Tape: 2 Story: 4 - Dr. Daniel A. Collins describes his father's business and his childhood neighborhood

Tape: 2 Story: 5 - Dr. Daniel A. Collins describes Bethel A.M.E. Church in Darlington, South Carolina

Tape: 2 Story: 6 - Dr. Daniel A. Collins describes his experiences at Mayo High School

Tape: 2 Story: 7 - Dr. Daniel A. Collins describes his best friend from childhood

Tape: 3 Story: 1 - Dr. Daniel A. Collins recalls an incident with a high school classmate

Tape: 3 Story: 2 - Dr. Daniel A. Collins describes his music lessons

Tape: 3 Story: 3 - Dr. Daniel A. Collins recalls his decision to attend Paine College in Augusta, Georgia

Tape: 3 Story: 4 - Dr. Daniel A. Collins recalls clearing land for highways with his father in South Carolina

Tape: 3 Story: 5 - Dr. Daniel A. Collins describes Paine College in Augusta, Georgia

Tape: 3 Story: 6 - Dr. Daniel A. Collins describes the racial climate at Paine College

Tape: 3 Story: 7 - Dr. Daniel A. Collins describes Paine College alumnus and writer, Frank Yerby

Tape: 3 Story: 8 - Dr. Daniel A. Collins describes notable alumni from Paine College

Tape: 3 Story: 9 - Dr. Daniel A. Collins describes Meharry Medical College in Nashville, Tennessee

Tape: 4 Story: 1 - Dr. Daniel A. Collins recalls being discriminated against by the U.S. Army

Tape: 4 Story: 2 - Dr. Daniel A. Collins explains how he avoided the draft during World War II

Tape: 4 Story: 3 - Dr. Daniel A. Collins recalls teaching at the University of California, San Francisco

Tape: 4 Story: 4 - Dr. Daniel A. Collins describes his dental practice and entry into politics

Tape: 4 Story: 5 - Dr. Daniel A. Collins describes his experiences in politics

Tape: 4 Story: 6 - Dr. Daniel A. Collins shares his opinion of Governor Arnold Schwarzenegger

Tape: 4 Story: 7 - Dr. Daniel A. Collins recalls his move to California in 1942

Tape: 4 Story: 8 - Dr. Daniel A. Collins describes African American migration to California in the 1940s

Tape: 5 Story: 1 - Dr. Daniels A. Collins describes the formation of San Francisco's National Urban League chapter

Tape: 5 Story: 2 - Dr. Daniel A. Collins describes the San Francisco National Urban League's community efforts

Tape: 5 Story: 3 - Dr. Daniel A. Collins describes the Fillmore neighborhood in San Francisco, California

Tape: 5 Story: 4 - Dr. Daniel A. Collins recalls the founding of Dr. Howard Thurman's first interracial church

Tape: 5 Story: 5 - Dr. Daniel A. Collins describes his living situation in San Francisco, California

Tape: 5 Story: 6 - Dr. Daniel A. Collins recounts moving to Mill Valley, California

Tape: 5 Story: 7 - Dr. Daniel A. Collins describes his career in book publishing

Tape: 6 Story: 1 - Dr. Daniel A. Collins describes his role at Harcourt, Brace, Jovanovich

Tape: 6 Story: 2 - Dr. Daniel A. Collins recalls his trips to Sweden and Denmark

Tape: 6 Story: 3 - Dr. Daniel A. Collins remembers HistoryMaker Willie L. Brown

Tape: 6 Story: 4 - Dr. Daniel A. Collins describes his friends in California

Tape: 6 Story: 5 - Dr. Daniel A. Collins describes his publishing work and writing his memoirs

Tape: 6 Story: 6 - Dr. Daniel A. Collins talks about Synanon and his charity work

Tape: 6 Story: 7 - Dr. Daniel A. Collins shares his thoughts on cults

Tape: 6 Story: 8 - Dr. Daniel A. Collins describes his two oldest sons

Tape: 6 Story: 9 - Dr. Daniel A. Collins describes his son, HistoryMaker Charles Collins

Tape: 6 Story: 10 - Dr. Daniel A. Collins describes his wife's nonprofit organization, Lifehouse

Tape: 6 Story: 11 - Dr. Daniel A. Collins describes his wife and youngest son

Tape: 7 Story: 1 - Dr. Daniel A. Collins narrates his photographs, pt. 1

Tape: 7 Story: 2 - Dr. Daniel A. Collins narrates his photographs, pt. 2

DASession

1$1

DATape

2$4

DAStory

4$8

DATitle
Dr. Daniel A. Collins describes his father's business and his childhood neighborhood
Dr. Daniel A. Collins describes African American migration to California in the 1940s
Transcript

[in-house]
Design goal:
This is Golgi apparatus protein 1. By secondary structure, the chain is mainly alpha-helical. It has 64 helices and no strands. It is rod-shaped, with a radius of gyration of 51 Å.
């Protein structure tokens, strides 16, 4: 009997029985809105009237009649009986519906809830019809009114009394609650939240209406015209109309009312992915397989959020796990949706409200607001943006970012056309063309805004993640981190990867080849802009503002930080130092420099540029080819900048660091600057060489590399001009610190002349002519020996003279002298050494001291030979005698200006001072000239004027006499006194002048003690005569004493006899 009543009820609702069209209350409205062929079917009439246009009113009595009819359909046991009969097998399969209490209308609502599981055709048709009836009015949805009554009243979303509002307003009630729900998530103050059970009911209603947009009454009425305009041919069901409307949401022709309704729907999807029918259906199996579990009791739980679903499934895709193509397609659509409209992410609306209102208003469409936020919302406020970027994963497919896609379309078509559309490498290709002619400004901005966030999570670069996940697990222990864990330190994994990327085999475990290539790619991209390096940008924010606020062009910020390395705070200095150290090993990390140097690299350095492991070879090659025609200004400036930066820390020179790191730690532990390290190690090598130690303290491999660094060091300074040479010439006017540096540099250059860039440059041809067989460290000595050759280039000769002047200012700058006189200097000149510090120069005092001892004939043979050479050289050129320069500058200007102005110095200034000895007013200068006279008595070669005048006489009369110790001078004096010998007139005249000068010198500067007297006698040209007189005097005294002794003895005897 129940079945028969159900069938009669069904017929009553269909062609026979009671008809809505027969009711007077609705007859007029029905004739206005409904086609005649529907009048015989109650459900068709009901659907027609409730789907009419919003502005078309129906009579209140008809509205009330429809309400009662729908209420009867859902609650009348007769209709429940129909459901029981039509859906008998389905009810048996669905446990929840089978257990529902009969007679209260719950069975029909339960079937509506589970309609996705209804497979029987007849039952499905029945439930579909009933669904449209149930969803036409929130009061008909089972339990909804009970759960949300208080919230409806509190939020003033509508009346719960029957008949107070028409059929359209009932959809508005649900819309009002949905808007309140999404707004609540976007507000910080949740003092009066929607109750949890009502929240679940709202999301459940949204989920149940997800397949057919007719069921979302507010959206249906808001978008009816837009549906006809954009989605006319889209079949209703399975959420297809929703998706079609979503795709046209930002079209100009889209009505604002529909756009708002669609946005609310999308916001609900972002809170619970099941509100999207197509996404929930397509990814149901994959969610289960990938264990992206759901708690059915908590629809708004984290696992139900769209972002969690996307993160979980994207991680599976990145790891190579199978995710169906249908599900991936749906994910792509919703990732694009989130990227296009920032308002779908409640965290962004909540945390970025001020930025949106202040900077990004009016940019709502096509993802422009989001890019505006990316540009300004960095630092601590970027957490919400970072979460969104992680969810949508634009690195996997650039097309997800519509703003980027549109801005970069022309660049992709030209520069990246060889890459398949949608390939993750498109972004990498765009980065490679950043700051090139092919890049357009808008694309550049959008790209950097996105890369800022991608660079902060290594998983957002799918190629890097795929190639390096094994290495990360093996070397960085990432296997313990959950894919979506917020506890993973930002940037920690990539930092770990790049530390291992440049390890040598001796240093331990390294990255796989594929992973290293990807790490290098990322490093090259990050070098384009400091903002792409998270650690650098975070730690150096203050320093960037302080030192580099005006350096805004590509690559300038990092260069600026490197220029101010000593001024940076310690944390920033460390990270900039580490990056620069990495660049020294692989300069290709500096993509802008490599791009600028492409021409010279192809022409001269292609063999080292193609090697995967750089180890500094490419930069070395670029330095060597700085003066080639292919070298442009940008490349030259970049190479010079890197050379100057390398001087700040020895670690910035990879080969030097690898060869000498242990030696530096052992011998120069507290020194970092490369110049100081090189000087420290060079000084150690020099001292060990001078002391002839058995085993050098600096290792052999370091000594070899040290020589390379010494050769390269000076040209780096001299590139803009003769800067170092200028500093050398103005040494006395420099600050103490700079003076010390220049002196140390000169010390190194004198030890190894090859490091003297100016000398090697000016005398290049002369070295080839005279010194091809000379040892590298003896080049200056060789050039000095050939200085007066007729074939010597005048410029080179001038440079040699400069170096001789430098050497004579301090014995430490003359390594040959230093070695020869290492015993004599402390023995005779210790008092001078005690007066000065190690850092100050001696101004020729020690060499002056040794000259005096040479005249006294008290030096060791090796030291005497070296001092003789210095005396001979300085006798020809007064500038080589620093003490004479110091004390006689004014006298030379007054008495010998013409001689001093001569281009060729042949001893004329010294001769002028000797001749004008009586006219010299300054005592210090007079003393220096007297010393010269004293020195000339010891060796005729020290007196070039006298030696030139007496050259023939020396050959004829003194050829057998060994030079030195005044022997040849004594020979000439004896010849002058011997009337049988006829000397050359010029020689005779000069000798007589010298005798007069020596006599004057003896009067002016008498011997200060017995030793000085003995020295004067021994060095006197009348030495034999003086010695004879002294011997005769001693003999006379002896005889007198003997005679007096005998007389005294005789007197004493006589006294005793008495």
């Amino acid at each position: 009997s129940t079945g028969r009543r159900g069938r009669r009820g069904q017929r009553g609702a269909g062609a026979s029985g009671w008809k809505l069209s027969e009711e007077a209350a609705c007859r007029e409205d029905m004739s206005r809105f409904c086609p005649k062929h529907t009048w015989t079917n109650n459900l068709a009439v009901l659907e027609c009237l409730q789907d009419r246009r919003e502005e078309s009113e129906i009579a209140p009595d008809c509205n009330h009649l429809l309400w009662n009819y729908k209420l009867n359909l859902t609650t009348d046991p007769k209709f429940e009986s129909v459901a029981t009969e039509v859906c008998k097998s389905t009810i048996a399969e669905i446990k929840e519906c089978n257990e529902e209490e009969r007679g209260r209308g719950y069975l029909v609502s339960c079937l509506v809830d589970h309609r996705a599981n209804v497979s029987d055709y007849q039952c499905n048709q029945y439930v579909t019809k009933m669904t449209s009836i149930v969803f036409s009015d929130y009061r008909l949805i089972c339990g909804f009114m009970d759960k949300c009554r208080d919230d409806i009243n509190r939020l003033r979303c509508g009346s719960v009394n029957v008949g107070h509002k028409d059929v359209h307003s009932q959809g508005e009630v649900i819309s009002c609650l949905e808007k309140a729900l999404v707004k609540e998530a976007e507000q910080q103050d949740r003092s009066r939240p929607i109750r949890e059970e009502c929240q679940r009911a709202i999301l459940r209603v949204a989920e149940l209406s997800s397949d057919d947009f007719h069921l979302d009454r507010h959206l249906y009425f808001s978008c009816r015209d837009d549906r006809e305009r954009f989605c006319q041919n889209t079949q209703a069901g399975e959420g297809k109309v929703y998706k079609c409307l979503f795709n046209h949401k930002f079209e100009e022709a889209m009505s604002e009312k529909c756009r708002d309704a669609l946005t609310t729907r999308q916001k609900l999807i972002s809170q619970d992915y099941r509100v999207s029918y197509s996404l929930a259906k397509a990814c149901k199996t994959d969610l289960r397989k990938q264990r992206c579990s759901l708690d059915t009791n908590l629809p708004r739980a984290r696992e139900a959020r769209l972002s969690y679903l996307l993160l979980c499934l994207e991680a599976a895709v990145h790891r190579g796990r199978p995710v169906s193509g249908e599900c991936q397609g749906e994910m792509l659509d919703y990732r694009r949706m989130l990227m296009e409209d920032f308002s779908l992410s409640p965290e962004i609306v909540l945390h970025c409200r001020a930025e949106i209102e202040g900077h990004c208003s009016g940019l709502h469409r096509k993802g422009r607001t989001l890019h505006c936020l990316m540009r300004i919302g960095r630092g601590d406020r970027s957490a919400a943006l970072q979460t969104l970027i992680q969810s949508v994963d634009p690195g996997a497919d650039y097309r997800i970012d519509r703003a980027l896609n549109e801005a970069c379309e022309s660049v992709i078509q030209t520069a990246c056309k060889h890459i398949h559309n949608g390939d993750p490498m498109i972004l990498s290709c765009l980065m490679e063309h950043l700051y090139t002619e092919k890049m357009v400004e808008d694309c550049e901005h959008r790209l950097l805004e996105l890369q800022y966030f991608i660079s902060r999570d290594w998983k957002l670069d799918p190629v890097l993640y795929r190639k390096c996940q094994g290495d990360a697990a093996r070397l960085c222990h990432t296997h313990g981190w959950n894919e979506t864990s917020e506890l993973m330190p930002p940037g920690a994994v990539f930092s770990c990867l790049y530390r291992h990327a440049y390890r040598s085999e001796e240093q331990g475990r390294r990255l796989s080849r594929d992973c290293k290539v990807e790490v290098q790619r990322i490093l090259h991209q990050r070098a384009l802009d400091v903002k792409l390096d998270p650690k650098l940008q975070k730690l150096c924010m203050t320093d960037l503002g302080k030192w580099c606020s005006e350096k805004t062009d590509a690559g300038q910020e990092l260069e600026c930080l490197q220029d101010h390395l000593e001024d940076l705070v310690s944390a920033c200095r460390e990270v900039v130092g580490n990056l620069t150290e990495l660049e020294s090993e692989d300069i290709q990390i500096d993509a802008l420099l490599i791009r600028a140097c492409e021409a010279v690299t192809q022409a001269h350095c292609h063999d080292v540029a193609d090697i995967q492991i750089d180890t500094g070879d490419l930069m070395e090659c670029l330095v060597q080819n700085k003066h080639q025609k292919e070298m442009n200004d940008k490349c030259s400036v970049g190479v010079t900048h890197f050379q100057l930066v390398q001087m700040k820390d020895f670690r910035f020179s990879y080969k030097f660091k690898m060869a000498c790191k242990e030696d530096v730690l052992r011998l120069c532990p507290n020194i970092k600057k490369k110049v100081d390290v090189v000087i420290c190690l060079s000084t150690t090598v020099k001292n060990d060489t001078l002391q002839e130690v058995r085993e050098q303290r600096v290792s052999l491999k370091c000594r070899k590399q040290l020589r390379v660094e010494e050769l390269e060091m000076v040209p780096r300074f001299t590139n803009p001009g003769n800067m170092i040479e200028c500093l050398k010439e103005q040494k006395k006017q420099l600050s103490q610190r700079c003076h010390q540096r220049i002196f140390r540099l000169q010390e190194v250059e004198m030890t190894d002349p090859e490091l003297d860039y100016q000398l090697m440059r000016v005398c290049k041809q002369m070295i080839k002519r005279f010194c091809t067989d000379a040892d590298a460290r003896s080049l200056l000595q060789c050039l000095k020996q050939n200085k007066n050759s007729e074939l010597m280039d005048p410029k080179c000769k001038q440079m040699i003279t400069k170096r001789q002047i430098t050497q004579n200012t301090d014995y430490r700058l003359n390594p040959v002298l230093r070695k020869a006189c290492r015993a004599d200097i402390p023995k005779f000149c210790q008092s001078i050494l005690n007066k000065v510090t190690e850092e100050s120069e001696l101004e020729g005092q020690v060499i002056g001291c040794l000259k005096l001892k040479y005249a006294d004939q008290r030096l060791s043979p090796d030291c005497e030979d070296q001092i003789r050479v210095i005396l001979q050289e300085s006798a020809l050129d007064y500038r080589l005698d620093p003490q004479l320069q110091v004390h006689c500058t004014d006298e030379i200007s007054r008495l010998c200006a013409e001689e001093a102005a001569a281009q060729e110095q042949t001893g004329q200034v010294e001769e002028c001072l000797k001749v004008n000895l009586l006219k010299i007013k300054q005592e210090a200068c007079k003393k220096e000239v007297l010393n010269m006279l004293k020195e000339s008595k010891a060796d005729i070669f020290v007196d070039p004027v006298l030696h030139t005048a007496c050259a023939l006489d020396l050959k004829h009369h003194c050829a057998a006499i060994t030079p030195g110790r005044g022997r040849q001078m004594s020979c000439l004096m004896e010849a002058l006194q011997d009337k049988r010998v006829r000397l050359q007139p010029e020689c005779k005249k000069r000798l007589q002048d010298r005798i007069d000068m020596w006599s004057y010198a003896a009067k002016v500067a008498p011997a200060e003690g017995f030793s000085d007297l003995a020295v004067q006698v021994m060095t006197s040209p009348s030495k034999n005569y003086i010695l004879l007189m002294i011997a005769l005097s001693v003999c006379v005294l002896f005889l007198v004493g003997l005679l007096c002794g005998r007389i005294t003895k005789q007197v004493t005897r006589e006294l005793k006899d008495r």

Could you tell us something about the neighborhood you lived in?$$Well, of course, it was the colored part of town. There was, when I was a kid, there were no, there was no city water supply. We had a well. When I, my youngest memory. My father [Andrew Collins] was in the draying business before he became a house mover. He's in the draying business. He moved tobacco around from the warehouse to warehouse and moved cotton around from the gins, pardon me, but he was a dray- had dray, had a drayage company and had a big barn in the back of our home with maybe about eight or ten horse teams, eight or ten, about ten horses, it'd be four, two-horse teams which he used to pull his dray trucks. I can remember in the mornings those guys coming down by the side of the house, going back to the barns, watering up the horses and tying them up to the wagon and so forth and I can remember my dad bought the first Republic [Republic Motor Truck Company] truck. The Republic truck was an old diesel truck, a two-lunged diesel truck. It had thick, hard rubber tires, about that thick, I mean, hard rubber, not like the soft rubber now in automobiles this would have been, when it went along, it went along with a big jolt but it was a diesel. Dad had his diesel, I remember that and, of course, diesel didn't last very long before it hadn't got into Ford [Ford Motor Company] and Chevrolet began to build trucks, a lot of weight trucks and more efficient trucks.$$So what was your community, the neighbors, your neighborhood?$$My neighborhood, of course, all black. There was a house of prostitution down the street, about a block from my house. My mother [Lucy Miller Collins] had a grocery store. She never, she never disparaged the prostitutes and we had this grocery store, so I had to sometimes deliver groceries there and she said, "Son, you go in and you be courteous and you come on back out." But it's a funny thing. I finished high school [Mayo High School; Mayo High School for Math, Science, and Technology, Darlington, South Carolina] in 1932. That was in the height of the Depression [Great Depression], and my family made the decision, all of my brothers had gone, my brother, one brother had gone to Georgia State [Georgia State University, Atlanta, Georgia], Waldo [Waldo Collins], one [Elliott Turnage] had gone to into Harvard [Harvard University, Cambridge, Massachusetts] and Fisk [Fisk University, Nashville, Tennessee], my sister [Andrena Collins Baumgardner] had gone to Allen [Allen University, Columbia, South Carolina] and AU [Atlanta University; Clark Atlanta University, Atlanta, Georgia]. When it came my time to go to college in 1932, my parents were hard up, money was short. They made a temporary, they made a decision that I would not go to college and Ms. Buford [ph.], that was her name, she was the headmistress at the whorehouse, came in the store one day and asked me what I was going to do. I guess I was blue, maybe crying, I don't remember that. So I said, "My parents said I couldn't go to college, they couldn't afford to send me to college." So she berated my mother and she said to her, "Ms. Lucy, how could you not send this boy to college? He's the nicest kid you got," and that was what it took for my dad to go down on a Sunday morning to the home of the guy who was the Metropolitan Life Insurance Company agent, borrowed $200 on his insurance policy, which I finally saw that when he died, I, when I cashed that policy, there was the $200 he borrowed. He'd gone to the, to the agent's home that Sunday morning and got a $200 check to give to me to go to college. So you never know where strength comes, you never know from whence it comes.$But I made it here and where these blacks, this new population of blacks coming into town in mass numbers and the only, for the most part, the type of black person or white person who could pick up stakes, take a one-way ticket and go to a new territory was not the guy who had a job, was not the school teacher or the butcher or the baker, he, it was guys who would take anything, could only pay them at a dollar and five cents an hour, a dollar and ten cents an hour. It was no big bonanza, it wasn't a gold rush, but it was a job and if you knew you had, that caliber of newcomer in large numbers and the Japanese almost the same day, it was only a month or so apart that the Japanese had been taken out of the Fillmore District [San Francisco, California] and put into concentration camps, and blacks ended up in town. That's why they ended up in the Fillmore District because that's where, that's where the Japanese lived and there were vacant spots. They just went into that, to that vacuum of space but then you had, you got these old time, old timers, I would have called them, about 3,000 that would have been in San Francisco [California] for, some of them for several generations, been here for a long time and they were pretty well settled. The most important person in town was a man who drove, who drove the, the, who was the chauffeur for the, for the mayor, by the name of Walter Sanford. He was the mayor's chauffeur. He was the, he was, that's the man that you want to front for you because he would, he could get some action. So you had to, the YMCA [Young Men's Christian Association] and some very thoughtful Caucasian ladies, Dan Carcelen [ph.] from the Levi Strauss family, formed a committee to study this new social situation in San Francisco and invited Charlie Johnson [Charles S. Johnson] who at that time was the president of Morehouse [Morehouse College, Atlanta, Georgia], I mean of Fisk [Fisk University, Nashville, Tennessee], invited Charlie Johnson to come out and conduct a study and people did this sub- study over about three or four months, he came back, had a series of meetings with the Social Service Department [California Department of Social Services], with the YMC--with the YW--YMCA who sponsored this thing, I'm just finding out, and decided that Charlie Johnson suggested that the Urban League would be the best social answer to this new population. Another group is, another group, old timers here, did not want New York-type people controlling, they wanted local people, they formed the Council for Civic Unity.